Merle Haggard and the Dust Bowl of the 1930s |

Merle Haggard and the Dust Bowl of the 1930s

by Margaret Melloy Guziak
Grand Junction, Colo.

Merle Haggard, at 75 years of age, is still “Moving On.” He will be performing in Cheyenne, Wyo., on July 22nd as the headliner for one of the biggest celebrations in the West, Cheyenne Frontier Days 2012.

Merle Haggard isn’t really an “Okie from Muskogee,” like his hit song, but he does believe in “livin’ right and bein’ free.” He was born in Oildale, Calif., an oil town near Bakersfield, on April 6, 1937 to Flossie Harp and James Francis Haggard from Oklahoma. James worked in the Kern River Oil Field in Oildale with others from Oklahoma and the Texas Panhandle. They were all called “Okies” by their neighbors, because of their southern accents, southern food and hillbilly music.

The Haggard’s, Merle’s parents, were “Okies,” who left their desolated, dried-up Oklahoma farm, with thousands of others and headed west to start over, abandoning the only land they knew. They loaded any belongings that they could scavenge from the overpowering dirt surrounding them, while trying to fit their families in the back of old cars and trucks. Route 66 was under construction and they followed it until the paving ran out. The dirt road was marked and people called it the “Mother Road” running from Chicago to California. Most of its travelers were “dirt poor” and had never traveled past their states’ borders before. They camped out anywhere they could, while scrounging for jobs along the way to feed their families and keep gas in their vehicles.

History books tell us there was a mass exodus of 500,000 people who were left homeless in Kansas, Colorado, New Mexico and the Plains states, during the great “Dust Bowl” days in this country, which lasted from 1930 to 1936. Winds full of dirt blew east and south. It was caused by long periods of drought, no crop rotation, poor farming methods, and the deep plowing of top soil. Known as “the black blizzard,” it covered the streets of Chicago and other eastern cities in its path.

“We still wave Old Glory down at the courthouse,
And white lightnin’s still the biggest thrill of all.”

They made it to Oildale and James Haggard found work in the oil fields, but Merle was only 9-years-old when his father died. The family lost his paycheck, making his Mom a single mother with a rebellious son to raise. Years later, he wrote and recorded the song, “Mama Tried,” describing his life as a young child.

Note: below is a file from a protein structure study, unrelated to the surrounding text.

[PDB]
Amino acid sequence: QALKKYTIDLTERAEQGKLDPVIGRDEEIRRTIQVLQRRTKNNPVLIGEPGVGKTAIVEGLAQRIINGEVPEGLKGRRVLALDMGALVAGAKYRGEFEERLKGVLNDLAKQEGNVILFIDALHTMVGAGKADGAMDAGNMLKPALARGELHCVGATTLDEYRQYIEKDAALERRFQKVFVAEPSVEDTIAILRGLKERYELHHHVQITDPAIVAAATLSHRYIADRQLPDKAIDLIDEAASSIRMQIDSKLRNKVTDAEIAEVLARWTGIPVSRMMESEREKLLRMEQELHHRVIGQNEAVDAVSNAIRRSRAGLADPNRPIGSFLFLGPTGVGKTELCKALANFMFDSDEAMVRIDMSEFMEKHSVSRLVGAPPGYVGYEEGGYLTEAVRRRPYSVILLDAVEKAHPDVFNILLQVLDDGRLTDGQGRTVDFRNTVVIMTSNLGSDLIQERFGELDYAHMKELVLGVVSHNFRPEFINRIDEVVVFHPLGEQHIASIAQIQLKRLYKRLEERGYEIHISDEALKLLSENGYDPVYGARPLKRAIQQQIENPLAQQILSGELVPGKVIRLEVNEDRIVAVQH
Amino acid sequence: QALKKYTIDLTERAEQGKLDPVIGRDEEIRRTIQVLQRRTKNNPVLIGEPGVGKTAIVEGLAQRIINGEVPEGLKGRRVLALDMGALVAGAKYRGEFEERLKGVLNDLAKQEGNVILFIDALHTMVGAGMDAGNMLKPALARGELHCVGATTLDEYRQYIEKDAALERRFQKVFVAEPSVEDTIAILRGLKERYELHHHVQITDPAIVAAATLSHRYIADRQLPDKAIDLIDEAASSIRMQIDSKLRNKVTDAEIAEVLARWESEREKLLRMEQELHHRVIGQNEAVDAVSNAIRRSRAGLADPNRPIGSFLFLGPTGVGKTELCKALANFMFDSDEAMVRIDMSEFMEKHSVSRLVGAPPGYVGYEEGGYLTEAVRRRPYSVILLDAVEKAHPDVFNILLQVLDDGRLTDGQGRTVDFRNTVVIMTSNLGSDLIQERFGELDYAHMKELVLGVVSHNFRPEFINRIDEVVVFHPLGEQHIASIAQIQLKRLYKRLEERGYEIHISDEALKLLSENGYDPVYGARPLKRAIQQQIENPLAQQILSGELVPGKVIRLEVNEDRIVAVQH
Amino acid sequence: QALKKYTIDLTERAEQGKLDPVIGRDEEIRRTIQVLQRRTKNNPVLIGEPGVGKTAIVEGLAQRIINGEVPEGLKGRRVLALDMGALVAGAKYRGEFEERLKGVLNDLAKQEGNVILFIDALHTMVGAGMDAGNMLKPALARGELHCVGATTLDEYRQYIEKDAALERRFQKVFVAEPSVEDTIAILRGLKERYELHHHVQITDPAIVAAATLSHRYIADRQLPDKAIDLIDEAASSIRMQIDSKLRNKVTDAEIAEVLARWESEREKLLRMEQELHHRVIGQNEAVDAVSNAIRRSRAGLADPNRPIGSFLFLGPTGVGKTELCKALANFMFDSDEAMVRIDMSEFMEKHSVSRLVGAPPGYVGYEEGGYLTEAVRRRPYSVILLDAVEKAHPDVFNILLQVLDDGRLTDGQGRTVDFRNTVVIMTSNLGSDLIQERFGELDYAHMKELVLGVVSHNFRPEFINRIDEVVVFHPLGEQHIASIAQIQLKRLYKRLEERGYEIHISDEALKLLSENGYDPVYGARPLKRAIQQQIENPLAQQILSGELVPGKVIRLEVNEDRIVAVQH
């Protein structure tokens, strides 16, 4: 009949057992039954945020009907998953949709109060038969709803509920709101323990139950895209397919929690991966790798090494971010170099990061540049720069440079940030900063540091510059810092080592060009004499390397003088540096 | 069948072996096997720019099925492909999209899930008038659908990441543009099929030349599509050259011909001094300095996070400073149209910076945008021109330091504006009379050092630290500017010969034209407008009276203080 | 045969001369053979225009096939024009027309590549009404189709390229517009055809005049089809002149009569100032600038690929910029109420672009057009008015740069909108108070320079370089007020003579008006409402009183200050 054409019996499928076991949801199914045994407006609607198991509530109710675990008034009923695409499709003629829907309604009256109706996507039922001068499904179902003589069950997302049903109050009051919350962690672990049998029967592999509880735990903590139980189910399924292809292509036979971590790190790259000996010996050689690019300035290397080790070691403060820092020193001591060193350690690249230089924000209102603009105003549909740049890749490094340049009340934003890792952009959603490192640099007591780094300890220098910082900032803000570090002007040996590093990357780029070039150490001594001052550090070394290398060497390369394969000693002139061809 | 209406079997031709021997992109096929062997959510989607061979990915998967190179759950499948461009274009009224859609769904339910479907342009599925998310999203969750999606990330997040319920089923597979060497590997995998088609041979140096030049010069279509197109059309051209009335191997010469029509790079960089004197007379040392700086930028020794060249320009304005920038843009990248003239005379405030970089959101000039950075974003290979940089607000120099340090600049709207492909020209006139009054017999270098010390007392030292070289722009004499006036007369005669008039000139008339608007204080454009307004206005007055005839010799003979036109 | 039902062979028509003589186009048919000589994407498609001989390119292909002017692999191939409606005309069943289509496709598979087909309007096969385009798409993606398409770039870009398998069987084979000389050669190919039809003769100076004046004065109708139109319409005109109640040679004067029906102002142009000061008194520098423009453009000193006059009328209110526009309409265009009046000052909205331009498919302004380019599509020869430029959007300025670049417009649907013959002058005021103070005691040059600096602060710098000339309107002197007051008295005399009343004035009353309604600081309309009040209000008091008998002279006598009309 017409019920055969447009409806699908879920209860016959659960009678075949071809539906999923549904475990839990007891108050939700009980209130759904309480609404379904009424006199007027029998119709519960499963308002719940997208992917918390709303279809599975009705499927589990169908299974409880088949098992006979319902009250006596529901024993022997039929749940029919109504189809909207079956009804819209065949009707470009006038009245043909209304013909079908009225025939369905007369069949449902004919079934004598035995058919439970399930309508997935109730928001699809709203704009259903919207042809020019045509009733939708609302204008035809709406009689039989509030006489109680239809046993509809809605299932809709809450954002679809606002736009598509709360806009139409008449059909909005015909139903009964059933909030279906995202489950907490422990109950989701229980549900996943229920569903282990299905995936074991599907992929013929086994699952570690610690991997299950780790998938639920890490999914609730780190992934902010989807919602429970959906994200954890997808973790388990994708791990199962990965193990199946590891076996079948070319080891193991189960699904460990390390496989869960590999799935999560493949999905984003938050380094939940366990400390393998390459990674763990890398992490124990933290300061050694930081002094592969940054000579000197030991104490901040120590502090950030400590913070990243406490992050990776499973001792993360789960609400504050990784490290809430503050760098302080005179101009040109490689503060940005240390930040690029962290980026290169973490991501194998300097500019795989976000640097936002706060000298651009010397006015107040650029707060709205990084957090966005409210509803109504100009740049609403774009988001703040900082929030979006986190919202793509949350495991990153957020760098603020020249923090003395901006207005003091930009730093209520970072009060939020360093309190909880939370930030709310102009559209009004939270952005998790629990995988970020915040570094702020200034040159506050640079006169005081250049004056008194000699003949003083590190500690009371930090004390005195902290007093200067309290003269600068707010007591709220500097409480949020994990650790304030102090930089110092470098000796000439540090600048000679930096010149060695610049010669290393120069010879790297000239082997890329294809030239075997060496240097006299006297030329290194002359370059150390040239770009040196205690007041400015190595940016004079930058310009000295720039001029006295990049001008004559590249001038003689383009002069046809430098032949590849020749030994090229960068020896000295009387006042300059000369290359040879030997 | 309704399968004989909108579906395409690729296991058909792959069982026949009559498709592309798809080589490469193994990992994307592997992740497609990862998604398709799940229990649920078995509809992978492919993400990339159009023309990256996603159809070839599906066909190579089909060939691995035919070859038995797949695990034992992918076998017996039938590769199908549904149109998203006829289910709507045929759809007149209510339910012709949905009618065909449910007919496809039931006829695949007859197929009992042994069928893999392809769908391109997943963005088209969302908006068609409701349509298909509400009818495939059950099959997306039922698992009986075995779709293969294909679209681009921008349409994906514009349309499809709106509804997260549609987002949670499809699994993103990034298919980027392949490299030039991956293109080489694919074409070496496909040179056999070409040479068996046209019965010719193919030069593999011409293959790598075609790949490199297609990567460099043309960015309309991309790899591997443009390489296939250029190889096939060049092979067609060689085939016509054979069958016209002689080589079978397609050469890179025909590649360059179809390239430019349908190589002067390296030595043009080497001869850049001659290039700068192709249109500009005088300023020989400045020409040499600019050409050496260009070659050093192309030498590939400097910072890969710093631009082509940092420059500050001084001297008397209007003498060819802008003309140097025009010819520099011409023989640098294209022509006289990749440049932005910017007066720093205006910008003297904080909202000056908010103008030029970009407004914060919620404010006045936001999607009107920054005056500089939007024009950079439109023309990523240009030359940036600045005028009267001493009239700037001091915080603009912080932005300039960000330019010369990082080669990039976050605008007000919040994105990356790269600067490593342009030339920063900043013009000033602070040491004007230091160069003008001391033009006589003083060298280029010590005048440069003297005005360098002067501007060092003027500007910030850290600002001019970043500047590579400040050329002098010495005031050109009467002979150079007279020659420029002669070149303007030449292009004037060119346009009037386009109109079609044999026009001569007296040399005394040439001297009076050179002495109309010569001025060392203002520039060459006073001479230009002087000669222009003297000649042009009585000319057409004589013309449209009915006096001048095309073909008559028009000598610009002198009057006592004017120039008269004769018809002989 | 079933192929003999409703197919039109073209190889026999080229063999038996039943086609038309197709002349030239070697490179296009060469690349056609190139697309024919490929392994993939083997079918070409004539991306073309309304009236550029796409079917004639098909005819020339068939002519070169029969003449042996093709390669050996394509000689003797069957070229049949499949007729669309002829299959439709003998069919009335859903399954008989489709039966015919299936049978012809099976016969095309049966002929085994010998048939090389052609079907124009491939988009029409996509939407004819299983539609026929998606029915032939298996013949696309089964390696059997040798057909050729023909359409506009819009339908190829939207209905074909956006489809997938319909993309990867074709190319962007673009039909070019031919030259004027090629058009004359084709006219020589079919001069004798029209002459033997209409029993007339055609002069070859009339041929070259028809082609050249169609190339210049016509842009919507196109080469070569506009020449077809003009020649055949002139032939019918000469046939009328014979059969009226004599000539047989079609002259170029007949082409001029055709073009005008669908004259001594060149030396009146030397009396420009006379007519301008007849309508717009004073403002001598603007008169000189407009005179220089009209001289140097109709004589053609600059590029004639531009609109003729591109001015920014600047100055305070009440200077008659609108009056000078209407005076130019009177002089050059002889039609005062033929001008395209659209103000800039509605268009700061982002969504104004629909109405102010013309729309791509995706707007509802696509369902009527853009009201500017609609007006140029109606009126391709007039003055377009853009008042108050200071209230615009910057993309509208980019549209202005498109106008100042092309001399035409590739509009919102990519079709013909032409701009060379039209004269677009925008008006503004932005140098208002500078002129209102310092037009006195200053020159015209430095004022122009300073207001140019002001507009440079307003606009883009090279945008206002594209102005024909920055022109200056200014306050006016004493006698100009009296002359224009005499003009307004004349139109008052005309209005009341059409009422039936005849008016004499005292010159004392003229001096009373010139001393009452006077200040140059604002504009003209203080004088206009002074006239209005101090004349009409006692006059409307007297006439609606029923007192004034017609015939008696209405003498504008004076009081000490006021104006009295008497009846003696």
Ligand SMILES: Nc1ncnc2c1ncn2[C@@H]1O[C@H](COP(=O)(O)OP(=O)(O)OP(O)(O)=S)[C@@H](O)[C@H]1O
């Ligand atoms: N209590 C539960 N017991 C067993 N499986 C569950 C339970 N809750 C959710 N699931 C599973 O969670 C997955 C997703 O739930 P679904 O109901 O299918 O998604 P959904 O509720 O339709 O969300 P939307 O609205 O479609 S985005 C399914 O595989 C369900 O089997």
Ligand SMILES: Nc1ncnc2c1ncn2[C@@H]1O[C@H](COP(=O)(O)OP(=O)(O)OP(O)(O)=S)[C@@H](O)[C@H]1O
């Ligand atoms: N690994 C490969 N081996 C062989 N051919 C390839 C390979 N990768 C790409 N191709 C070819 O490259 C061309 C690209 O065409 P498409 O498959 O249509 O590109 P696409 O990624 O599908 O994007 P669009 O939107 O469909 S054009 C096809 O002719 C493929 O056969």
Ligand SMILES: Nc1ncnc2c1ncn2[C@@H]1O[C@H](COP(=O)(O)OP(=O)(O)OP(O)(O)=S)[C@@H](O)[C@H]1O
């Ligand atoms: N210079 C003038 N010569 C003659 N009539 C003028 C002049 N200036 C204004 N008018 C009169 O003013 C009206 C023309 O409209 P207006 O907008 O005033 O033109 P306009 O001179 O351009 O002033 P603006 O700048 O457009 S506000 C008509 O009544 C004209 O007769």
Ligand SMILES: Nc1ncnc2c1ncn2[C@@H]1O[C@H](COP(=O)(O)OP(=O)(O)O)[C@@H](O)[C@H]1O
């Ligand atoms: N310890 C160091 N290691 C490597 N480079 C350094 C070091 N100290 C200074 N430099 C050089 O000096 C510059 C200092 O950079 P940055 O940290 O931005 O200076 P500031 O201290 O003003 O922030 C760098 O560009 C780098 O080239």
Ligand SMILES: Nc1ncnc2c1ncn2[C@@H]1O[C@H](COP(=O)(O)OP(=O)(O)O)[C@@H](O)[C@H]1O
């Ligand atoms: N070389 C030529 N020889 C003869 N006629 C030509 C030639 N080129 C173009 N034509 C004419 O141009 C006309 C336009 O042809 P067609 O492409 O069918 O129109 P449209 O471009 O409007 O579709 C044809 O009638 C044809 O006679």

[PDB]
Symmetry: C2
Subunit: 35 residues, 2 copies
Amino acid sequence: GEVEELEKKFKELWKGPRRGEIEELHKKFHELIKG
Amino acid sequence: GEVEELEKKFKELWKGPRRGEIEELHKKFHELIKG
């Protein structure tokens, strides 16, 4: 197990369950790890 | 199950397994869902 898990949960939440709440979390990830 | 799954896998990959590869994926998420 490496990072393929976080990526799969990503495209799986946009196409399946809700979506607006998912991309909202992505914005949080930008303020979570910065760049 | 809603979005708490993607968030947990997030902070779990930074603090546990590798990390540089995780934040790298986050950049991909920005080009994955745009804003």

At age 10, Merle hopped his first freight train. Through his teen years, he led a life of juvenile crime, going in and out of prisons. Burglary, alcohol problems, theft and more serious crimes led to more jail time. During one of the times when he was paroled, and was on the outside, he heard Lefty Frizzell play his guitar at a concert. Whether true or not, stories say that Lefty invited Merle up on stage to play guitar with him. Buoyed by the experience, he decided to focus on his writing, singing and musical abilities, and would try to make a living that way.

But in 1957 he was arrested, and sent to San Quentin. Merle was an inmate in 1959 when Johnny Cash performed there for New Year’s Concert.

When he was paroled from prison, he formed a band, “The Strangers in Outlaw Country” and never went back. On March 14, 1972, Merle was given a final parole by Governor Ronald Reagan. With his Bakersfield, low down, honky-tonk, “Bakersfield Sound” that his fans love, “The Hag” has been playing from 1963 to the present day.

He was invited to play at the White House for the birthday party of President Nixon’s wife, Pat, on St. Patrick’s Day because she loved his music. He played for President Ronald Reagan and wife, Nancy. In 1997, he was enrolled in the Oklahoma Hall of Fame. Most recently, he was honored at the Kennedy Center with other artists by President and Mrs. Obama.

Music critics say that right now, at age 75, “the Hag is at the top of his game.” When asked, he will tell you that his idol has always been Bob Wills. Merle and his wife, Theresa, and two sons, live on their 180-acre ranch near Lake Shasta, outside of Redding, Calif. He loves to fish and has a river and a pond on his property, in addition to lots of wildlife. He records three to four albums a year at his own recording studio called, Shade Tree Manor.

Merle has an extensive tour schedule, and intends to “just keep playing and performing.” Recently, a newspaper report read that he was supposed to perform in Macon, Georgia on January 17th. However, Merle became ill only minutes before he was to take the stage, and was taken to the Medical Center of Macon, Georgia suffering from double-pneumonia. While there, the doctors found three stomach ulcers, diverticulitis in the esophagus and other medical issues. He’d had a lung removed in 2008 due to lung cancer, but has been cancer-free since then.

Merle was released from the hospital on January 26th and flew back home to his ranch outside Redding, Calif., where he made a full recovery, and got back on his scheduled tour. The January concerts in Kentucky, Mississippi, Texas and Oklahoma had to be rescheduled for April. His first February 2012 concert for Tucson was delayed until February 28.

Since he has written most of his own songs all his life, music critics rightly call him, “the poet for the common man.”

And when Merle Haggard sings his song, “Okie from Muskogee,” the entire audience lustily joins in singing it with him, swaying back and forth with each and every word. We love you, Merle! Your fans in Cheyenne will be watchin’ you. ❖

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